Introducing the HIAS Foundation

By Brian Zumhagen

Jonathan Boiskin, Executive Director of the HIAS Foundation (Bridget Horgan Bell for HIAS)

Since 2017, HIAS has increased its budget more than sixfold and more than doubled the number of countries it operates in — a dramatic expansion poised to continue in the years to come. In response to this growth, HIAS has launched the HIAS Foundation, a separate legal entity which will build a permanent endowment for the organization. The inaugural executive director of the Foundation is Jonathan Boiskin, who assumes the role following a 30-year career focused on helping people translate their passions into philanthropy.

Boiskin recently spoke with about how the Foundation will use gifts of assets, sound investment, and increased fundraising to support HIAS’ current and future work to provide critical services to refugees, asylum seekers, and other forcibly displaced people around the world.

What led to the decision to start the Foundation?

HIAS has grown so much, and the organization simply deserved a permanent endowment that it hasn’t had in the past. HIAS has experienced significant financial growth in recent years — it was a $30 million entity working in 10 countries in 2017, and now it’s a $200 million entity in 23 countries — and we expect that growth to continue in the coming years. HIAS is positioned globally to expand its programming and impact with enduring partnerships, as well as expertise in emergency response. Funders are eager to partner with us because they can see our growing impact.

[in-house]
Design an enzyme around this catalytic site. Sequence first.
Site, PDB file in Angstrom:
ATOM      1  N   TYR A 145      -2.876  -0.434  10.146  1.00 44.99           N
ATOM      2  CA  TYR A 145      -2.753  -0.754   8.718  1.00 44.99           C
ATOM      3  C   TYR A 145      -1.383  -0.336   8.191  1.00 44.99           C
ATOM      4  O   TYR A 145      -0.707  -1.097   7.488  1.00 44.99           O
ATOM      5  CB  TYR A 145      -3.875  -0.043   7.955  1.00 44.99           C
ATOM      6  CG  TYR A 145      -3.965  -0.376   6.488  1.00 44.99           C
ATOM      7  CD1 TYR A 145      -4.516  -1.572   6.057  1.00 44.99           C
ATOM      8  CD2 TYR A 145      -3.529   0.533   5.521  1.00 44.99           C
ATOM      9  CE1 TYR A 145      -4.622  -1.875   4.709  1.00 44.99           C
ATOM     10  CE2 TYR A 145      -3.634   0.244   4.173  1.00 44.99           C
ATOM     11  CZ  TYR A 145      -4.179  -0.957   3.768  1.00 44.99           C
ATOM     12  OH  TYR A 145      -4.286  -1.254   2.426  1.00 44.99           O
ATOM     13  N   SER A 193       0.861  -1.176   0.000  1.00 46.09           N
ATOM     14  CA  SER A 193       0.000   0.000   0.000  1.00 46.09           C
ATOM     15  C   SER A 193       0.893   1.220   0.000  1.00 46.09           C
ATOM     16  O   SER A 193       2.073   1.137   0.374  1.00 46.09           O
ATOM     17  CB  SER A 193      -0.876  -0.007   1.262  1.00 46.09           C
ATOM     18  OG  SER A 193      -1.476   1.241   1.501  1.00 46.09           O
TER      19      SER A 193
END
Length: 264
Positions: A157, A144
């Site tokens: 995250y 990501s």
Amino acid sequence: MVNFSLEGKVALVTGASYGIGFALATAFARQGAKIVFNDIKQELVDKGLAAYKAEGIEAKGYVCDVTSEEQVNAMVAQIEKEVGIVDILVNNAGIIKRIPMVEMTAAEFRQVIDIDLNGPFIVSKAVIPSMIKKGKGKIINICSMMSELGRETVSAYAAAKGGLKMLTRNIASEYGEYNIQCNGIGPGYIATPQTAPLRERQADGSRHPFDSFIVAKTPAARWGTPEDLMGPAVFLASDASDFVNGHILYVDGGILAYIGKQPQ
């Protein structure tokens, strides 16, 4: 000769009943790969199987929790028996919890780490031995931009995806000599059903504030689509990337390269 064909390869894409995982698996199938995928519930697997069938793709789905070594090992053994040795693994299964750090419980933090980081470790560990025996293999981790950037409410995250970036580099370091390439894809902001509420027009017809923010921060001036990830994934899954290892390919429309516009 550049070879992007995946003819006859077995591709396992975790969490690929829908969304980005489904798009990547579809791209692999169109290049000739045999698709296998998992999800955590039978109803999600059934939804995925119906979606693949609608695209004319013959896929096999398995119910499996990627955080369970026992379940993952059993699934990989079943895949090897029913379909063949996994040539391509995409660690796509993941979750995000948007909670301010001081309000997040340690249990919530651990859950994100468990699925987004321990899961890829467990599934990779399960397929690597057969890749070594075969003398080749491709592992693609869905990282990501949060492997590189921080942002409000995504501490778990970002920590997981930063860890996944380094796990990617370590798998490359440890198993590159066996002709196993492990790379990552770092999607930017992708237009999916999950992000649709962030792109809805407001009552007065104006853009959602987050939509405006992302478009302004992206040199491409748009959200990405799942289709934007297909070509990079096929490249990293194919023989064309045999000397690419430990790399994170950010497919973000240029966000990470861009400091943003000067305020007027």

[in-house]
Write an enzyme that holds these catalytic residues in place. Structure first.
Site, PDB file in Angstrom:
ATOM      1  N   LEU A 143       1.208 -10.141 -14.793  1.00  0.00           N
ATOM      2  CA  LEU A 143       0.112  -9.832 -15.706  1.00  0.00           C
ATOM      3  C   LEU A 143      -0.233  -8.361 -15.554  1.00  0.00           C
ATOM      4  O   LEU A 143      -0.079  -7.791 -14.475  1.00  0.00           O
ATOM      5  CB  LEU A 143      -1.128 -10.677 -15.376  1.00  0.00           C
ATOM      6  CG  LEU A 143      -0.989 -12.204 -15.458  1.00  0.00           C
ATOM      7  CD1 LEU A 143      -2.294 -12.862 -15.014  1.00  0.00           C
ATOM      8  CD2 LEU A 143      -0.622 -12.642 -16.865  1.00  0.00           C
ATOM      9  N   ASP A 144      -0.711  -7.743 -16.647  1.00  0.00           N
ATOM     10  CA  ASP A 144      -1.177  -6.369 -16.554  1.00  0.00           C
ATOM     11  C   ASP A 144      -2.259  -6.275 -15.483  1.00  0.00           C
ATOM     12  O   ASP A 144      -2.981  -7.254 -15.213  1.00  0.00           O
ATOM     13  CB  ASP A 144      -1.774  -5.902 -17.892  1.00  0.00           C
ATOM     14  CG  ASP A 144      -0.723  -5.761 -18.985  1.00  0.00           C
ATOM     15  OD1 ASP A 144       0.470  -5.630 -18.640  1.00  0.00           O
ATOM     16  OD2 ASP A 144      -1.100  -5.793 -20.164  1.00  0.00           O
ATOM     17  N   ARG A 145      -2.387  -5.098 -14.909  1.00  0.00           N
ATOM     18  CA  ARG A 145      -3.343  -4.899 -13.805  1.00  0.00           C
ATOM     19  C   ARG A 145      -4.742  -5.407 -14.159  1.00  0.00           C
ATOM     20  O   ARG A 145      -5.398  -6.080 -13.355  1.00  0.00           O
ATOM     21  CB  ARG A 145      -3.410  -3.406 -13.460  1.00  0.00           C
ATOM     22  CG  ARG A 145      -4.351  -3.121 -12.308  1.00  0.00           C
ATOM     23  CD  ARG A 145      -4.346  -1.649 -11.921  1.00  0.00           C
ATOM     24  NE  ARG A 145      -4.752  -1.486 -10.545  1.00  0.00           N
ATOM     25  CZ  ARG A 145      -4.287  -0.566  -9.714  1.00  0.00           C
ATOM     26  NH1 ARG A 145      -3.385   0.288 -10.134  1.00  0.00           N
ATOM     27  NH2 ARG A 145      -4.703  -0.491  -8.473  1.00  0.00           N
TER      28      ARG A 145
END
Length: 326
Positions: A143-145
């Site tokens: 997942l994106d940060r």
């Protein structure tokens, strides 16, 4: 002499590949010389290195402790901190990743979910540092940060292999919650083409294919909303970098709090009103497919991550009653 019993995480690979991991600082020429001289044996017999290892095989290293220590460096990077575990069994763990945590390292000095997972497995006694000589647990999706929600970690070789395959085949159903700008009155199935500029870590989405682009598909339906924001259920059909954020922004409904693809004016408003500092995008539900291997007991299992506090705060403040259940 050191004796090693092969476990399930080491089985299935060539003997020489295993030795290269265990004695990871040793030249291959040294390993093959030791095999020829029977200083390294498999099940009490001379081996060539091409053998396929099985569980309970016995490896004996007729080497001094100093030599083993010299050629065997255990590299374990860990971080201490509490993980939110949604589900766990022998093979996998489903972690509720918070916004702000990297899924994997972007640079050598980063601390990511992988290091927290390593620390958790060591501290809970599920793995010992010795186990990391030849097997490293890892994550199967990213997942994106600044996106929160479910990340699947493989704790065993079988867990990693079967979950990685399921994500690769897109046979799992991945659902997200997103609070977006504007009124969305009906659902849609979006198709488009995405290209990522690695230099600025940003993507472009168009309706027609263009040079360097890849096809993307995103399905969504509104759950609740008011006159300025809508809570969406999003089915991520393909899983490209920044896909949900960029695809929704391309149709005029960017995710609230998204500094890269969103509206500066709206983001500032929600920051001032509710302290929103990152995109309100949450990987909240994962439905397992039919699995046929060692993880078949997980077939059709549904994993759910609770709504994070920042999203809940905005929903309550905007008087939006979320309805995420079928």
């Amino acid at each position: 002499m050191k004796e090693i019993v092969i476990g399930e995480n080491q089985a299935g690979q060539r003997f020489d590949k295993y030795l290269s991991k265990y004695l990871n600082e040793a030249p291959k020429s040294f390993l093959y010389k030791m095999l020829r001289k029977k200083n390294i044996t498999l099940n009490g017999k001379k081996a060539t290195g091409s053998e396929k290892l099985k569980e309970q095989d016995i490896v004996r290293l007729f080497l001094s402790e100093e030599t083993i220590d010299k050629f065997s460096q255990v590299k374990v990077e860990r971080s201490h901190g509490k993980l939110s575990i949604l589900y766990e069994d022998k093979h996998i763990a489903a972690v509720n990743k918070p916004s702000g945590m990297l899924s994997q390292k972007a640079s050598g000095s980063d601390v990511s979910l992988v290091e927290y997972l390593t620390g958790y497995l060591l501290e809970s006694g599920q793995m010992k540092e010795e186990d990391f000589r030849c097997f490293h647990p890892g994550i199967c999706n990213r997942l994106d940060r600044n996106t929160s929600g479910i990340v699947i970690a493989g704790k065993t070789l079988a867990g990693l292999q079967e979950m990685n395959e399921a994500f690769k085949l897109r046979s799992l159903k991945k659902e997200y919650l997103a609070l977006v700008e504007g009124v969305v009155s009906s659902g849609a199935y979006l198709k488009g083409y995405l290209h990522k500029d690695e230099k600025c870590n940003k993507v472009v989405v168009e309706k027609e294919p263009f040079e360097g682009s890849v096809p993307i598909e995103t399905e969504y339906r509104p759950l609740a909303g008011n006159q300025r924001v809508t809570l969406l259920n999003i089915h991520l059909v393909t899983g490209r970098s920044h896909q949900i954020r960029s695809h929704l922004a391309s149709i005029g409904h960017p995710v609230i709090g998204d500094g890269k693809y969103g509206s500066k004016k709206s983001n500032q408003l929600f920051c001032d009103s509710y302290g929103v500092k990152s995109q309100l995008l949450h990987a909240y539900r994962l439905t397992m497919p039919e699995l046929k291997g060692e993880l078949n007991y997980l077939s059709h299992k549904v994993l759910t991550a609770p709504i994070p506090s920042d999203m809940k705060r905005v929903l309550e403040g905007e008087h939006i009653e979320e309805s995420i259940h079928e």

The HIAS board decided to invest in the establishment of a separate charity to manage its reserves and permanent endowment. The thinking was that an independent foundation will make HIAS more effective at attracting bequests and other major gifts and be better able to improve our ability to manage the investment and protections of funds raised for HIAS’ mission that we don’t need for current operations. This will allow HIAS management to focus on current operations that serve to carry out its mission.

We now have an opportunity to build capacity in several program areas and strengthen our ability to respond to humanitarian emergencies in perpetuity. We see the Foundation as the conduit for funding HIAS’ strategic plan and its vision to grow, and a way to strengthen the organization for the future.

What is the relationship between the HIAS Foundation and HIAS itself?

The HIAS Foundation and the HIAS organization are separate non-profit organizations with distinct purposes. But they both exist to serve the mission of providing vital services to refugees and asylum seekers around the world. While HIAS is doing the work on the ground to advocate for refugees, the HIAS Foundation is building an endowment through current as well as future planned gifts to support HIAS’ work.

Every year, income from the HIAS Foundation’s endowments will be made available to HIAS to help refugees and asylum seekers around the world realize their rights and rebuild their lives in safety and freedom. While donations to HIAS are put to immediate use, gifts made to the HIAS Foundation are invested for the future, so that our shared mission can continue for generations.

What are your hopes for the Foundation’s impact in the future?

Thanks to our supporters, the HIAS Foundation is growing. Its principal continues to mature through charitable gifts including cash, property and stock, and funds from bequests, trusts, and annuities. When a gift that’s earmarked for endowment is invested, attributed earnings can be disbursed in annual support for HIAS for many years into the future. An initial donation, invested prudently over time, can have a more lasting impact than an outright gift used for immediate needs. Our donors have the power to change everything, and the HIAS Foundation is a key mechanism to enhance their impact.

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